Review: Abe babes square off at Abe Erb setting the mood for date night

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Hey food fans, 

Welcome to date night. Date night is the extravagant special reporting of adventures in romance by yours truly. 

Let’s meet our contestants. In one corner, bringing a cosmopolitan fashion sense like no other, flying in from Ottawa purely to kick butt and eat food, the fiend from the East (and the West), it’s Spiders (not her real name).

In the other corner, weighing in at none of your business, possessing a palate with deft precision and witty appeal, a hunk of AAA Alberta Beef, it’s Cy-Guy!

The night kicked off with a frazzled rendezvous courtesy of Uptown Waterloo’s diverging Ion LRT line.

After some romantic eye-gazing next to Uptown’s travel-sized skating rink, we made our way to the trendy chemical engineering paradise known as Abe Erb.

We were seated by our stylishly moustached server amongst stirred-tank batch reactors, temperature controllers, and more piping than you could shake a slide-rule at. 

The ambiance was pleasantly warm and incandescently lit, offering much-needed refuge from the chilly night air.

A raucous atmosphere, complete with hockey lingo (“get after it, bud”), cheerful laughter, and more moustaches, blanketed the space comfortingly.

We were served with slightly dishevelled beer menus, which, it should be noted, are reprinted daily to accommodate for the rapidly changing beer selections offered. 

During brief pauses in our sparkling conversation, my date and I ordered drinks including the beers Das Spritzhaus Hefeweizen ($5.00, 473 mL), Settle Down Coffee Pale Ale ($5.70, 12 oz), and the on-tap pear cider ($7.25, 12 oz).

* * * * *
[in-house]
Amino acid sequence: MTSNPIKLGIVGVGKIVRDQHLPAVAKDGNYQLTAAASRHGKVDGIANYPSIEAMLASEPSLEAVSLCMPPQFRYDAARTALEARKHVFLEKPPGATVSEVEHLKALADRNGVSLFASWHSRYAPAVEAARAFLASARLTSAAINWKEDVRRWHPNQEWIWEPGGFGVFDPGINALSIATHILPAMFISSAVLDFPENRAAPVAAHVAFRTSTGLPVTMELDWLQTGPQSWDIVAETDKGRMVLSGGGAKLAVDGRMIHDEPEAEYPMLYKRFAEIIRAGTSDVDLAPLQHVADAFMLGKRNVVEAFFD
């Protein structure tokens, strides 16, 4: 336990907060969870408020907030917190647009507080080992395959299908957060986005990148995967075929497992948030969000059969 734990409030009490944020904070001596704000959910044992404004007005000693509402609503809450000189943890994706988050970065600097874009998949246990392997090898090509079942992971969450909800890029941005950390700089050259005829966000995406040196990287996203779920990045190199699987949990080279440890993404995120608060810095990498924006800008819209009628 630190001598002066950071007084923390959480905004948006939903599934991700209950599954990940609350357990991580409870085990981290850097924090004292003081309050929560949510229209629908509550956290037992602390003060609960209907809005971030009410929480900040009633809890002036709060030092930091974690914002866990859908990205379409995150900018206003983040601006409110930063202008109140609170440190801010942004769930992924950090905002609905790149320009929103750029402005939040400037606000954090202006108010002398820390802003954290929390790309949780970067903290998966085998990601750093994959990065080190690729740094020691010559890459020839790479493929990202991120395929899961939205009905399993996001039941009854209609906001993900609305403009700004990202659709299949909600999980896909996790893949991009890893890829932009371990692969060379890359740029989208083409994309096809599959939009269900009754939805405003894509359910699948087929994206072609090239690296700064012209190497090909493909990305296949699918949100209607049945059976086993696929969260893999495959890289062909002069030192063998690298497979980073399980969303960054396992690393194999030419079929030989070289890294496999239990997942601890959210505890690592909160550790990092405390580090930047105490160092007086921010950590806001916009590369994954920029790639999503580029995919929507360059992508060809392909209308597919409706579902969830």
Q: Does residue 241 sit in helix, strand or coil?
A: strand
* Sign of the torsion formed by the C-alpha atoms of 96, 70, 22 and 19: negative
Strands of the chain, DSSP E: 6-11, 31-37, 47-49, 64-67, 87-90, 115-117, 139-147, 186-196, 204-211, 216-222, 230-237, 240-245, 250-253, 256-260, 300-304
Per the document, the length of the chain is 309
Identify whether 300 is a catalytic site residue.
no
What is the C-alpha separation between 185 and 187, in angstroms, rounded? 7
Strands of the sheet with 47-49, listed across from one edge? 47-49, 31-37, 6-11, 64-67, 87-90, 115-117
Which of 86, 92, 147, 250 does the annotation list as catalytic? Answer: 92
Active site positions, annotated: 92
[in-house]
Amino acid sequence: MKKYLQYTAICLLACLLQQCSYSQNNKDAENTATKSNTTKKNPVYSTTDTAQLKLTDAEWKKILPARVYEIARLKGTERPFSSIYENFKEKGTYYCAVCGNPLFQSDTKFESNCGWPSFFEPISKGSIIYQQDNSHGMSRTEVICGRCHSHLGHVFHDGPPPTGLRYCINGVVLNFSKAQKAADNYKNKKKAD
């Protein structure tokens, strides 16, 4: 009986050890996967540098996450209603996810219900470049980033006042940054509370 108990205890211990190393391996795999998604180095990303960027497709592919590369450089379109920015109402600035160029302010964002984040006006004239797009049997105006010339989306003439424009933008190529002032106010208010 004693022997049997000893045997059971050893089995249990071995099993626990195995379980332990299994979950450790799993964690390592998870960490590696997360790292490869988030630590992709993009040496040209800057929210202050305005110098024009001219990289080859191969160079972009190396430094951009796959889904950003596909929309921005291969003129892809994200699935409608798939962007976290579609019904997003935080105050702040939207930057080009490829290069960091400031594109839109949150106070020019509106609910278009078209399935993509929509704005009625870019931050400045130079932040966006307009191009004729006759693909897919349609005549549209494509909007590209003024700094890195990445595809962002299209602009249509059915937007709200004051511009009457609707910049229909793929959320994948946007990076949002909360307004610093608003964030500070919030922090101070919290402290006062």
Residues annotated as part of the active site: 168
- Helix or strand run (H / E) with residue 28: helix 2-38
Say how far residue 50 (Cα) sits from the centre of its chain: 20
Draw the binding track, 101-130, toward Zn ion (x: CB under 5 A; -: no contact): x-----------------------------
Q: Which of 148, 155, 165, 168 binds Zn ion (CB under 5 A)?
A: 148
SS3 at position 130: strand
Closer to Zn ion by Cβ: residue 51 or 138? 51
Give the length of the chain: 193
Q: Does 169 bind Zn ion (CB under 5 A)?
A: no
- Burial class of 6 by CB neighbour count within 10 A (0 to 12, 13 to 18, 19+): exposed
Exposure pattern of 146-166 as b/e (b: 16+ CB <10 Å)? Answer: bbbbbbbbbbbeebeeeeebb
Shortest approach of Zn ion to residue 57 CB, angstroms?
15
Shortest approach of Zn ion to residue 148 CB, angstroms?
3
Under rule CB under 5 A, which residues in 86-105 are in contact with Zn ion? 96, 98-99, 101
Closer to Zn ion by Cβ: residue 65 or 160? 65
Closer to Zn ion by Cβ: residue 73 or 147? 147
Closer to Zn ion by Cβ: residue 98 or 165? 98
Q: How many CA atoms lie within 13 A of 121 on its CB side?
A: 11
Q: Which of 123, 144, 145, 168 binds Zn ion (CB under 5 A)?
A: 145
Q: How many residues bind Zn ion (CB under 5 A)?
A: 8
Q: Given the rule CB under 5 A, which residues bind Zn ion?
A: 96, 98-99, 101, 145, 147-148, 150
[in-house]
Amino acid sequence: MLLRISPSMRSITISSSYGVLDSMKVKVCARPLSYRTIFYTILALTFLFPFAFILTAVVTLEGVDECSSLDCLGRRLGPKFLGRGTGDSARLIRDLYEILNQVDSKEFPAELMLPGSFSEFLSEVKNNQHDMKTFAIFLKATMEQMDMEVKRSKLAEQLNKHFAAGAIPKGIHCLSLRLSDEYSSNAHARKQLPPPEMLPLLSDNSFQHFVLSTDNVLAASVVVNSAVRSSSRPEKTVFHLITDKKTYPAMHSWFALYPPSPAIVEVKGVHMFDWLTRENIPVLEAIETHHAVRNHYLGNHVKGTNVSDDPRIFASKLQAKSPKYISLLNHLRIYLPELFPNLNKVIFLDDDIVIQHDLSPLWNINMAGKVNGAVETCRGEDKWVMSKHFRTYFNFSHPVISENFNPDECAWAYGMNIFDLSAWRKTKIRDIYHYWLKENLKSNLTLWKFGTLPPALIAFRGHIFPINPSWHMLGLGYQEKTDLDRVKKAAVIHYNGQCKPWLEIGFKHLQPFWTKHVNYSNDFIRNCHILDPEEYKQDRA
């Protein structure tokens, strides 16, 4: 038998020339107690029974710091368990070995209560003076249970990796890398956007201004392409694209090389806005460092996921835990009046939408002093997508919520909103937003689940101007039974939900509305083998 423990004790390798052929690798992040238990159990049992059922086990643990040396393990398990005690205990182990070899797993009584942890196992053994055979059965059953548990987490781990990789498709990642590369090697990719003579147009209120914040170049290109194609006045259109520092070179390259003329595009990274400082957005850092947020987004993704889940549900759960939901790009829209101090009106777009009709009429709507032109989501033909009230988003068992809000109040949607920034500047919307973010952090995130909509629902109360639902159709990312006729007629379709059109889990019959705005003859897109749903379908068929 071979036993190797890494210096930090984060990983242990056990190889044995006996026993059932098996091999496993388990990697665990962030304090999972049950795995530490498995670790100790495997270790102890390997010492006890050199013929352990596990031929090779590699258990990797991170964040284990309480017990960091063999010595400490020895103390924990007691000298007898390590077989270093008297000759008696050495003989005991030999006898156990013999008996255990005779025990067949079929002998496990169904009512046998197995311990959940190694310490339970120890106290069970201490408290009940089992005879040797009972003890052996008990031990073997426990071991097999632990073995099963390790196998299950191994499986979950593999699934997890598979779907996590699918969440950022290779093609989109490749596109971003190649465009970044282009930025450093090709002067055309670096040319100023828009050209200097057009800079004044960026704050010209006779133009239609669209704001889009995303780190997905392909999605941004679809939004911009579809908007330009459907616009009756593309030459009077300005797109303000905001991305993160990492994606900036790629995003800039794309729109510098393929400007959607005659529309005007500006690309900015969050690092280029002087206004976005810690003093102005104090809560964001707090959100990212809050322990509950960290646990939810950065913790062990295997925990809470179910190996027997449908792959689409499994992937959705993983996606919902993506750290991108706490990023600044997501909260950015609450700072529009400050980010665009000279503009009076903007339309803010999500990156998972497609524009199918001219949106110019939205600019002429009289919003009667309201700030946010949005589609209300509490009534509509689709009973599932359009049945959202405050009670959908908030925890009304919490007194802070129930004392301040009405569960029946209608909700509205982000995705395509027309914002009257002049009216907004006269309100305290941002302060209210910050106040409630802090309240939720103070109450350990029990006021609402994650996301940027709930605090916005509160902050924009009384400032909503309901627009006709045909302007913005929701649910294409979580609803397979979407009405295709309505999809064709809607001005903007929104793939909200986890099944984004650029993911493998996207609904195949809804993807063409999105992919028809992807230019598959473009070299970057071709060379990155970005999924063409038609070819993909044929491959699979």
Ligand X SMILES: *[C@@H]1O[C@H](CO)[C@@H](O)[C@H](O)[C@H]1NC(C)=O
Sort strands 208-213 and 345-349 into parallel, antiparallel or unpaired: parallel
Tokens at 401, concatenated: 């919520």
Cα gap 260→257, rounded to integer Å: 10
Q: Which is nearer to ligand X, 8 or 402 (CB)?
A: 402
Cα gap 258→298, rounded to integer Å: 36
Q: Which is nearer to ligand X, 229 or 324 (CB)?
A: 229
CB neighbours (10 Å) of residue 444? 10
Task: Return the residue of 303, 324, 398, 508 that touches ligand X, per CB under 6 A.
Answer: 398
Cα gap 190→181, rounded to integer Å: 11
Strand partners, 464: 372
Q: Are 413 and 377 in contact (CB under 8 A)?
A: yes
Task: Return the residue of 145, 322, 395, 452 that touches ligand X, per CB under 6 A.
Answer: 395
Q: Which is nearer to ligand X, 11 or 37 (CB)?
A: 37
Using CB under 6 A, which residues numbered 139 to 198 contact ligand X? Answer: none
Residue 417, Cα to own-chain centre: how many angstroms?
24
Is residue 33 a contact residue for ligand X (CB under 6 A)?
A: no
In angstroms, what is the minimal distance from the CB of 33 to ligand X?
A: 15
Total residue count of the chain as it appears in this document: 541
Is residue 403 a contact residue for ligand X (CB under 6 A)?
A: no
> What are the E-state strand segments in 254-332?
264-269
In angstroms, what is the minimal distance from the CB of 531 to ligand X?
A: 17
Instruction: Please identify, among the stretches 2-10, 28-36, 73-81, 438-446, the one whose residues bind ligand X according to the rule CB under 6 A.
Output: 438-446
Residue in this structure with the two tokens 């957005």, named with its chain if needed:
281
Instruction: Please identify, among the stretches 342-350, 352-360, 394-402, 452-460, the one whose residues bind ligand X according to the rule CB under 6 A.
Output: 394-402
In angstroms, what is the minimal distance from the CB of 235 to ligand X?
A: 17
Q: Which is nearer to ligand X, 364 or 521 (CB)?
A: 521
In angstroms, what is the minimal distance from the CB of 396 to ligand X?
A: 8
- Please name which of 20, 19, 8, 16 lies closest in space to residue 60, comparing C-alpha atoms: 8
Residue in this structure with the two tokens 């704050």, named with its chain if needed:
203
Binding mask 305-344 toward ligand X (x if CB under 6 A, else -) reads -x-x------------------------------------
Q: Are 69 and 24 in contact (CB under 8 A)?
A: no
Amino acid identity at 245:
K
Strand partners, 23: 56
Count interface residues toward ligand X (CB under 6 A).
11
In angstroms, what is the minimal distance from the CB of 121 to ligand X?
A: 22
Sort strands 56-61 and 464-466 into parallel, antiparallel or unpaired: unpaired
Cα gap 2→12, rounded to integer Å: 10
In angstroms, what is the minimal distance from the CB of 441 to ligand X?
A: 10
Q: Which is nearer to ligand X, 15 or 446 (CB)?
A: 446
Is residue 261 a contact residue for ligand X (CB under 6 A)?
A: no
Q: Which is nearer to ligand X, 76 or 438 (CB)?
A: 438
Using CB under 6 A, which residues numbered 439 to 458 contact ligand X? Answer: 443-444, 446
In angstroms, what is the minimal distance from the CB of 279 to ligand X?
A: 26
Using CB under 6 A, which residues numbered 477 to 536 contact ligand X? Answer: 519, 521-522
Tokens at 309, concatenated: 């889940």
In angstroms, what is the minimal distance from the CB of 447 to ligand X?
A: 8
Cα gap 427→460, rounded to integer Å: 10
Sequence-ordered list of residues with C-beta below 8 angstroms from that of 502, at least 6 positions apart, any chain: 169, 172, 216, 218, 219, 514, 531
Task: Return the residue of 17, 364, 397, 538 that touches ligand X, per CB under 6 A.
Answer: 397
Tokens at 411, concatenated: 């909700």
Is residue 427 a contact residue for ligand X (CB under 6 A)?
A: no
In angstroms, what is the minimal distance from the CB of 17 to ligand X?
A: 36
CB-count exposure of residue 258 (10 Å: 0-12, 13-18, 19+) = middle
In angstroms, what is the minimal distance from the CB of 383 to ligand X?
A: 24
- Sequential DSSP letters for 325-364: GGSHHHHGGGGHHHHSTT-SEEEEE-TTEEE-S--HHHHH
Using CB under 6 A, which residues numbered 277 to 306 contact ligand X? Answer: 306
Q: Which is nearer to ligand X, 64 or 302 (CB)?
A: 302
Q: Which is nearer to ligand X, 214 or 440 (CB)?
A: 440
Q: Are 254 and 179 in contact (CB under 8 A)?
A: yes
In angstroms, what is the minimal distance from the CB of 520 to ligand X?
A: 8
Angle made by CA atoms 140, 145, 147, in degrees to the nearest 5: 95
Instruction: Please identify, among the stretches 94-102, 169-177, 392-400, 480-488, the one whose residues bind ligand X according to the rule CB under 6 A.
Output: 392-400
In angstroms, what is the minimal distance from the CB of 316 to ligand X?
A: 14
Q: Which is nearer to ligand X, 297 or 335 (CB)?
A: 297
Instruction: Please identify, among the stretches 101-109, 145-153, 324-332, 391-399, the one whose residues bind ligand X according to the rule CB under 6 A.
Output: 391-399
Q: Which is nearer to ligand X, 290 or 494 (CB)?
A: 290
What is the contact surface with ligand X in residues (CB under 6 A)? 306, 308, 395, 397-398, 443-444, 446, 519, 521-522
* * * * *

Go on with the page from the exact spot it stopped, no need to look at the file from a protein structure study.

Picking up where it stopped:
The pear cider was yummy from start to finish and was served in an appropriately pear-shaped tulip glass.

The Spritzhaus offered a delectable fruity flavour, which strangely perfused my nose instead of my palate. Next time I’ll try it in a Neti pot. 

The Coffee Pale Ale was a unique curveball with a stratified flavour profile. A 70 per cent- 30 per cent split was noted with the taste and aroma of cold old coffee grounds on the top and beer on the bottom.

While the morose coffee flavour provided nostalgia from my last degree, the two flavours didn’t synergize and were clearly headed for a rough patch in their relationship. I tried to calm them down, but they turned on me, erupting in a bombastic coffee belch. 

My date, unimpressed with my conflict resolution skills, turned to the food menu. We ordered the Cauliflower Wings with Pineapple Abenater sauce ($13.50), the Soft Pretzel ($10.00), and the Seasonal Cherry Pie ($8.00) for dessert. 

Now my date had the chance to partake in every young woman’s ultimate fantasy: eating food in front of a man in a romantic setting. With the elegance of a Las Vegas magician, she employed sleight of hand to distract me time and time again, while morsels of food gradually disappeared from the plate between us. To this day, I have no idea whether they evaporated, were eaten, or were never there, to begin with.